• Relevancy – The Gospel is always relevant to all people everywhere at all times, but you cannot expect non-Christian web users or even immature believers to know that. Many people who have yet to experience the glory of God’s in-breaking Kingdom have the idea that churches have nothing relevant to offer. Poor web-design can reinforce such misunderstandings. If your church’s website is littered with animated GIFs, built using frames, automatically plays background music, or makes use of any other popular design techniques from the 90’s, you are basically telling visitors that your church has nothing relevant to offer.
  • Concern for real people – Humans in general and Americans in particular spend a great deal of their lives online and that must be taken into account by churches. An ugly, irrelevant website tells people that your church is not interested in reaching them in the realm of the web, where they are spending a large chunk of their time.
  • Ecclesiology – Yes, ecclesiology (the theology of the church) was already mentioned, but it deserves another look. Many otherwise-beautiful church websites have made the mistake of prominently featuring a photo of their building or of their pastor on the front page. Yes, you should include a photo of your building on the Driving Directions page to help people find it, and yes, it can be helpful for people to know what the people in the church’s leadership look like so they can recognize them when they see them. By featuring those photos on the home page of your website, however, you communicate to each person who views the site that your church is your pastor or is your building. You do not want be saying that.

5. Social Media and Web 2.0

Technologists have come to the conclusion that the internet today is not just bigger but also different from the internet of a decade ago. The web was once divided into two sections: the tools that allowed for interpersonal communication (e.g. e-mail, chat rooms, discussion boards, and instant messaging), and the tools that allowed individuals (people or organizations) to communicate to broad audiences (e.g. websites). Today, the internet has largely been transformed, as interpersonal interaction has become, in many ways, the primary content of the web. Websites, blog posts, and even news articles generally offer a comment section where readers can respond to the content. By responding, though, those readers actually augment the content. Facebook is one of the most-visited websites on the internet, and yet it is nothing more than platform that allows users to generate and share their own content with one another. The web has largely become an extension of conversation.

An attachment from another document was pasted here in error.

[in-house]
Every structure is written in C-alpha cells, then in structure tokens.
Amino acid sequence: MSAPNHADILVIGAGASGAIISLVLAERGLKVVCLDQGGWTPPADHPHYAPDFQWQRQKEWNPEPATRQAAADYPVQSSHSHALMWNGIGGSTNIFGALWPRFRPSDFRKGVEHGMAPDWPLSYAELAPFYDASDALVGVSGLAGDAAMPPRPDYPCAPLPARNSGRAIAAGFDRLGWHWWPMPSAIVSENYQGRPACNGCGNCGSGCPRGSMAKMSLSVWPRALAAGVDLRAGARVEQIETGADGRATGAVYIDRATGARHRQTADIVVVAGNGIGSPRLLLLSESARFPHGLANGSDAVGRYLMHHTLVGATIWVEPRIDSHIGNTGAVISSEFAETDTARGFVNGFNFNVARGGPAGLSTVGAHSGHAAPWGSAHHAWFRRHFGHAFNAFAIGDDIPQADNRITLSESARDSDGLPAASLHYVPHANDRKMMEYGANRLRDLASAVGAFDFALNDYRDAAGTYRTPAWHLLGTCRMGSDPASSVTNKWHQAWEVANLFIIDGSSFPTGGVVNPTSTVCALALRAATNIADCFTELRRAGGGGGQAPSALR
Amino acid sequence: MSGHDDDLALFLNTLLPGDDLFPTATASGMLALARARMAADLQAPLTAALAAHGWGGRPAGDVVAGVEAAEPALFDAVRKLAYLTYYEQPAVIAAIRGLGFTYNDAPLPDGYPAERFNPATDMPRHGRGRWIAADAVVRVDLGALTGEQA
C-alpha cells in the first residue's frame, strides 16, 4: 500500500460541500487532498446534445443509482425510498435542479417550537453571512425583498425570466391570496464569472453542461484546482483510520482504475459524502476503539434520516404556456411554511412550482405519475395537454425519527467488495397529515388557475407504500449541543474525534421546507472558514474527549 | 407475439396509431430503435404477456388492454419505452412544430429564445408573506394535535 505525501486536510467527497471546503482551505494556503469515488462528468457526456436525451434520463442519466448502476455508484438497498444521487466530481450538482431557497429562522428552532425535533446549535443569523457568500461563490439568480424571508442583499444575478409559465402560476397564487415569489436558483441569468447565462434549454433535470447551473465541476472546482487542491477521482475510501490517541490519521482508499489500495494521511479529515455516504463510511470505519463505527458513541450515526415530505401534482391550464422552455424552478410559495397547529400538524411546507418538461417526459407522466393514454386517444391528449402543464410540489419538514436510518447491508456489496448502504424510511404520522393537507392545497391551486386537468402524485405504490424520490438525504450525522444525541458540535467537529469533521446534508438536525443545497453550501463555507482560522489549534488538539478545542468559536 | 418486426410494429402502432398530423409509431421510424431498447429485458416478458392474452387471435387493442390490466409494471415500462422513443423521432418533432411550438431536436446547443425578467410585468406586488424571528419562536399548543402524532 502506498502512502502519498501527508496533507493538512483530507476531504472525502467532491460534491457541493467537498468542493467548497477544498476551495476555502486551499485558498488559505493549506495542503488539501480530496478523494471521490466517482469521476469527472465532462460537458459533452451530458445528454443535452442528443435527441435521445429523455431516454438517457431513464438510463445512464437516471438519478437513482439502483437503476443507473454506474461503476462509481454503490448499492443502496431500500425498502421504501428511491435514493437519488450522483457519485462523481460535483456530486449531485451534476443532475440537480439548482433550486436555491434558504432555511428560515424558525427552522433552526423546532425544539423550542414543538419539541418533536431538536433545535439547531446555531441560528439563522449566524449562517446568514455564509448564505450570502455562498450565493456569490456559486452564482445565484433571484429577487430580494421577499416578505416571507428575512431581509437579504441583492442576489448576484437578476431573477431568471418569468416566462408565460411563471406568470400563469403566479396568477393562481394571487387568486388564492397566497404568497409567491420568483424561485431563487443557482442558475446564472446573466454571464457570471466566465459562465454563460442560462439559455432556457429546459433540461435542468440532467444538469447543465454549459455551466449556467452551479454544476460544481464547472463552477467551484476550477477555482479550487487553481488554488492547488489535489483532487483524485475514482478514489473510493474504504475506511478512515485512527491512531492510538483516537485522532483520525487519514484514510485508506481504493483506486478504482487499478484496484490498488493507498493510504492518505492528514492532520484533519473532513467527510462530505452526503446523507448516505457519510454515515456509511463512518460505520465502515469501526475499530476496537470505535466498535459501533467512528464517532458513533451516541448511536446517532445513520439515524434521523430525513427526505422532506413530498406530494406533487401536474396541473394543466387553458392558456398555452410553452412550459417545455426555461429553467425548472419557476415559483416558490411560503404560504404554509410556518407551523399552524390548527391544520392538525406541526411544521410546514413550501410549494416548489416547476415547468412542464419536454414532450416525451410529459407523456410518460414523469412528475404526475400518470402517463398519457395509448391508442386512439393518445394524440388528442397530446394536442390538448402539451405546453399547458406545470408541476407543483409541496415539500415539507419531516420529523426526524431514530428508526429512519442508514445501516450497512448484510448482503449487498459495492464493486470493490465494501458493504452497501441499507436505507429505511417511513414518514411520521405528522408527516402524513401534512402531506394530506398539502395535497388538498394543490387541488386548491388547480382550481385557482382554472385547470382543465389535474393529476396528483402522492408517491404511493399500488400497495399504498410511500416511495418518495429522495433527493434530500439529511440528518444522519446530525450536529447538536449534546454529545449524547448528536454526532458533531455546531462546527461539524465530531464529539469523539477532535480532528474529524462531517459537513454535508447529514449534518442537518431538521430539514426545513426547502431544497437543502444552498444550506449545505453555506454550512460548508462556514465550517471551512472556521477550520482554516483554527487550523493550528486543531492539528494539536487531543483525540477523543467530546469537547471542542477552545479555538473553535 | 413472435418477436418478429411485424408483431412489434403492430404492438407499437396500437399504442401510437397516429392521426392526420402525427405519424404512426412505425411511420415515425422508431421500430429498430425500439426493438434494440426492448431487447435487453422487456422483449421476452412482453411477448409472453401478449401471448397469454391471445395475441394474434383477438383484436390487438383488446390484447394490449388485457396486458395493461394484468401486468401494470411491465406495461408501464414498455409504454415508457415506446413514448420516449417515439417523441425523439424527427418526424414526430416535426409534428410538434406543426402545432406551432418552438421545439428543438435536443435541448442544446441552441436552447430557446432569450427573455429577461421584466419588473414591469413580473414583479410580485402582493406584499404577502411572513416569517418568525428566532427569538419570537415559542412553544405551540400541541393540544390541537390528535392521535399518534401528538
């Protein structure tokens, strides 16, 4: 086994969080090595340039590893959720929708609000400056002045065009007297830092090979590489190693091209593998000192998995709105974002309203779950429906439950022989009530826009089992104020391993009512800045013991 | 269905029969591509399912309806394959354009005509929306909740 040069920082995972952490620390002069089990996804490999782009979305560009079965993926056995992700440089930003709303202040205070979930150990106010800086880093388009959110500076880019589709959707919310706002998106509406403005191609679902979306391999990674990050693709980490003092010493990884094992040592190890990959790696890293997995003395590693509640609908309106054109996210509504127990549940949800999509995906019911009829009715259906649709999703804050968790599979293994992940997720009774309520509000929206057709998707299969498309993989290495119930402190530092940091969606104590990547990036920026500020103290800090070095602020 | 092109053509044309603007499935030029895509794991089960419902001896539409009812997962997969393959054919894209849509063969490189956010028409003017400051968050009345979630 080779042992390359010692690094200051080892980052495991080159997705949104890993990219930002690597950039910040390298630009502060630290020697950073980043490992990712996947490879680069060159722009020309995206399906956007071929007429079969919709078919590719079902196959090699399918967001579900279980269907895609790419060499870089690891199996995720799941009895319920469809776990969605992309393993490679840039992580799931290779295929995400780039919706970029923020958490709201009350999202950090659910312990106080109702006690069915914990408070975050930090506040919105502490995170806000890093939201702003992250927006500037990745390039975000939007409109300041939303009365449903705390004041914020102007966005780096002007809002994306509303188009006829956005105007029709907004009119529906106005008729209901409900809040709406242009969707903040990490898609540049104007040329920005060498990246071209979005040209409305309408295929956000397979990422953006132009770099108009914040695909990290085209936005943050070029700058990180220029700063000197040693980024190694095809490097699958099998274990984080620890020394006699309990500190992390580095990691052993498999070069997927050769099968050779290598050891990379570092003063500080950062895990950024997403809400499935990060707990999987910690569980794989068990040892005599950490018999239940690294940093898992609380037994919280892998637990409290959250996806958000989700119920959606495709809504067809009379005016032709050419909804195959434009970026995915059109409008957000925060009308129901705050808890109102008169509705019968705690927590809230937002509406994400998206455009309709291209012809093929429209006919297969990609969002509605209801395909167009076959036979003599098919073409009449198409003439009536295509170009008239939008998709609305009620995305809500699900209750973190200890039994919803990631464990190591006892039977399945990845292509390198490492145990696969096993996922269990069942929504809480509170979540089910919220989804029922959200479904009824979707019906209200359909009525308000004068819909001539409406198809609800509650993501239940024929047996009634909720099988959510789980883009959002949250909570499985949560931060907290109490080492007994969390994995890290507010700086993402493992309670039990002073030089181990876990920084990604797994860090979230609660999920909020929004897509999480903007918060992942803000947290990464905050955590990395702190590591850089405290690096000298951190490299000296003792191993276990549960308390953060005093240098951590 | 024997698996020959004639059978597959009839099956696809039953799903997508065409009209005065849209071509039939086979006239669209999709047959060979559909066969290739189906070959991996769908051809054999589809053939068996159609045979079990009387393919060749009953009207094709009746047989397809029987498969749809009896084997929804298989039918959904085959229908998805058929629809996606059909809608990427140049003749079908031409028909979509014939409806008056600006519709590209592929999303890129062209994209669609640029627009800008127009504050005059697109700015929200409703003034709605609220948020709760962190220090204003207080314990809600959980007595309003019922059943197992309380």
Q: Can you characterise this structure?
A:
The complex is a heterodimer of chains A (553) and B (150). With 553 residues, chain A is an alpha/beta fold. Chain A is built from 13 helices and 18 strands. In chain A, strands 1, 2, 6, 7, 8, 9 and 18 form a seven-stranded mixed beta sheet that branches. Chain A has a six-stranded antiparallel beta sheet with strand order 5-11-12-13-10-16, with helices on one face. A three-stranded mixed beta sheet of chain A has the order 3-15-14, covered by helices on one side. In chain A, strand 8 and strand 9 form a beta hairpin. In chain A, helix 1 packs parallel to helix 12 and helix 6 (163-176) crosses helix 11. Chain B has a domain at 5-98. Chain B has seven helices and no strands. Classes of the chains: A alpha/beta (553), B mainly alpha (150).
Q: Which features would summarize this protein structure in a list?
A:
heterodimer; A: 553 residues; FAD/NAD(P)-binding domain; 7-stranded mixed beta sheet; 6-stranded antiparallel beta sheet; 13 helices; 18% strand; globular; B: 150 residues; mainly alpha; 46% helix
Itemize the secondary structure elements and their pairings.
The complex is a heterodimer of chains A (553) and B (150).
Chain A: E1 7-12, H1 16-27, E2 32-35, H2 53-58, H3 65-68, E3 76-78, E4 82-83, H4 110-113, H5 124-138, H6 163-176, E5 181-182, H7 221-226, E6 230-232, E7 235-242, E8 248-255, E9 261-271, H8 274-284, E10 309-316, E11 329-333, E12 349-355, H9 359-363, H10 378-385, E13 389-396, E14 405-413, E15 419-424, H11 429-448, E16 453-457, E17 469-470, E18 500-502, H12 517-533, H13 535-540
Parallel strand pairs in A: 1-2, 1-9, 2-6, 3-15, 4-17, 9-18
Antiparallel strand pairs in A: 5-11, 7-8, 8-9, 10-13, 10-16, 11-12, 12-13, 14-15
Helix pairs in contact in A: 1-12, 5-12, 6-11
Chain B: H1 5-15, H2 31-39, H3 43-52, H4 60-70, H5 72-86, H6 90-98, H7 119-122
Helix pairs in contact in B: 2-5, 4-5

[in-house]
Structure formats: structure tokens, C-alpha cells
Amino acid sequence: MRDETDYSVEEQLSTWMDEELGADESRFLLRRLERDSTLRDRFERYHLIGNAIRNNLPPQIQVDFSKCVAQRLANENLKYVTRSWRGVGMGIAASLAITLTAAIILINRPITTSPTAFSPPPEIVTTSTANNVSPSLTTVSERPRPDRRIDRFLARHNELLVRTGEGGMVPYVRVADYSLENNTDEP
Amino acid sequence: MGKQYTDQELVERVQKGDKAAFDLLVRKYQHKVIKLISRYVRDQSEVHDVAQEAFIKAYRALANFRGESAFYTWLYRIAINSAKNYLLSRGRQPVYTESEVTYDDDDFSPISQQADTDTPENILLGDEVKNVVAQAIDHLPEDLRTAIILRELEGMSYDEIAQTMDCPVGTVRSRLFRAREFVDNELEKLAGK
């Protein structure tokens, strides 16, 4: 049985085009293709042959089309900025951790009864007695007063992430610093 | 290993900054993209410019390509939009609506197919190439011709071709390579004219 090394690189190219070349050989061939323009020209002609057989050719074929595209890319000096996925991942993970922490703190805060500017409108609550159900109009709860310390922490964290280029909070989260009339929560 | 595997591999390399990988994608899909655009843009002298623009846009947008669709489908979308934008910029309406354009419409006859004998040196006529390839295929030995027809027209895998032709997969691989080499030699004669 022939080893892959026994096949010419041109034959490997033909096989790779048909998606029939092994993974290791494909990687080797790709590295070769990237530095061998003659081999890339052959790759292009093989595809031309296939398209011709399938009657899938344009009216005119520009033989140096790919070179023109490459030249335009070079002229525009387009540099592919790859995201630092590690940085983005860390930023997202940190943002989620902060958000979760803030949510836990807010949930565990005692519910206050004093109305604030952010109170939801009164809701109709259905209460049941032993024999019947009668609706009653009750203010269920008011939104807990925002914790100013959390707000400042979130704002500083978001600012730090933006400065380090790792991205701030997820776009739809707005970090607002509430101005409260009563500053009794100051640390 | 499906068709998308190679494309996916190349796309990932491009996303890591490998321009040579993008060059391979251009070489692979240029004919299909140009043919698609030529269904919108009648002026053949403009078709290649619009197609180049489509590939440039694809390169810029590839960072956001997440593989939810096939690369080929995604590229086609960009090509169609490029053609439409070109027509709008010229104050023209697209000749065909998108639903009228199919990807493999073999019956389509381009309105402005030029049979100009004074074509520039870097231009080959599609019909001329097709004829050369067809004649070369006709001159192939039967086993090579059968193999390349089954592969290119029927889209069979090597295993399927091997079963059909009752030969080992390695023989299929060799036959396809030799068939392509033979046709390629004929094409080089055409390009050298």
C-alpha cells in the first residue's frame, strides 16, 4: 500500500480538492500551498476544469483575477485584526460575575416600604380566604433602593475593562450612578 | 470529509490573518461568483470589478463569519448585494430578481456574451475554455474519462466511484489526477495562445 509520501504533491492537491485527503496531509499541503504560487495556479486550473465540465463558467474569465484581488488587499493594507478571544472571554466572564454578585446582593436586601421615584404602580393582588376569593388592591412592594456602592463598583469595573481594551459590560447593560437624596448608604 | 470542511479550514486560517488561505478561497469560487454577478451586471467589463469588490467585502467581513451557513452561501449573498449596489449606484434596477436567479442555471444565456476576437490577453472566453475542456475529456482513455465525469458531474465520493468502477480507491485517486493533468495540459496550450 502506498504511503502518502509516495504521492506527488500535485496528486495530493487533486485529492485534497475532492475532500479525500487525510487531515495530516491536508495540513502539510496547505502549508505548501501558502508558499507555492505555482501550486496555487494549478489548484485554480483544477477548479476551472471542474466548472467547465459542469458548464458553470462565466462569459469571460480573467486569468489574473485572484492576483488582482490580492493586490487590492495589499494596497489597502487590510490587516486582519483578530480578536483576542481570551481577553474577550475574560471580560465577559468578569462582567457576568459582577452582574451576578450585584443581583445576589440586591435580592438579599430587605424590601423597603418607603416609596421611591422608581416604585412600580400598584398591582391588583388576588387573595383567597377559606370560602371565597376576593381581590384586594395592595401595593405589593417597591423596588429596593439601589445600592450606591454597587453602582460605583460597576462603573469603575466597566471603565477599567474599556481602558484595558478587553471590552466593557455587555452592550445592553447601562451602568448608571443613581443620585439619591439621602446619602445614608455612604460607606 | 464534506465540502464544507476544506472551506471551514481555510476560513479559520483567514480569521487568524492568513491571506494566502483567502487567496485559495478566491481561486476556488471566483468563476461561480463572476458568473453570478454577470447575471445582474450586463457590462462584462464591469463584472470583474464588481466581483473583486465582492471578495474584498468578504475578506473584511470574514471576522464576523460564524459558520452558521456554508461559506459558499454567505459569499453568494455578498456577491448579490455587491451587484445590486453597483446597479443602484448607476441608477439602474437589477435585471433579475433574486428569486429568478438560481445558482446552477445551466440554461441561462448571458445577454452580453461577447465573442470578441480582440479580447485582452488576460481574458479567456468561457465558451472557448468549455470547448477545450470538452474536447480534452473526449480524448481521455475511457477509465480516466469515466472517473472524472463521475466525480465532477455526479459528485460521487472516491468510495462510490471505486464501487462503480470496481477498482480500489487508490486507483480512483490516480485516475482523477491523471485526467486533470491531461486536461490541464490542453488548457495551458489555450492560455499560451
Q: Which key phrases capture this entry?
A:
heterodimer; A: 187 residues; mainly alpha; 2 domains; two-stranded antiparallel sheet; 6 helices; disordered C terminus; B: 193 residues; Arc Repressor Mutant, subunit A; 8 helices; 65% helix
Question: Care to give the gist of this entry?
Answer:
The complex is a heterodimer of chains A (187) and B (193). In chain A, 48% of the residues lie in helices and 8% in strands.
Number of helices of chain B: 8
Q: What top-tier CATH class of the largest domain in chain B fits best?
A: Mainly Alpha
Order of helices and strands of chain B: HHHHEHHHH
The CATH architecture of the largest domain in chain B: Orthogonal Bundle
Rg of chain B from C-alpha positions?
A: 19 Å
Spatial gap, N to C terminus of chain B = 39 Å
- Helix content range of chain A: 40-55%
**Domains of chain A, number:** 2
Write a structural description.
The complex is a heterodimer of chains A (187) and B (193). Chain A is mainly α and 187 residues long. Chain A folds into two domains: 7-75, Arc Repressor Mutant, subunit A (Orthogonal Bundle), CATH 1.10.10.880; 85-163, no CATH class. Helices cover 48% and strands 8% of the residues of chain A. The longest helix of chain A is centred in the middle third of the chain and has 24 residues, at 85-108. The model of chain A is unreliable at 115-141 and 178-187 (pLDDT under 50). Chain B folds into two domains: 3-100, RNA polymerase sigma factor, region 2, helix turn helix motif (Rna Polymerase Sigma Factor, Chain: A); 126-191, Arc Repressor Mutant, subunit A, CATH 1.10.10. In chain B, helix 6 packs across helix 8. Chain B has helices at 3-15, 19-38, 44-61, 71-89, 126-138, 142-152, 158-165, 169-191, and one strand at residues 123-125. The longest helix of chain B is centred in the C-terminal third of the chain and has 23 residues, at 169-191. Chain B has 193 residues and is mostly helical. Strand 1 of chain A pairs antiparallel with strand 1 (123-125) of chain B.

Because we, as Christians, recognize the giftedness of each Christian for ministry to the whole body of Christ, we should naturally encourage the participation of every church member in our websites. This can be done in several ways:

  • By allowing comments on your church’s blog, you give a primary platform to theologically mature church members but also allow the rest of the congregation to respond to their thoughts, which can lead to new insights.
  • By placing “Share” buttons on your website’s pages, you give church members the opportunity to share their congregational life with others via Facebook, Twitter, and their own blogs.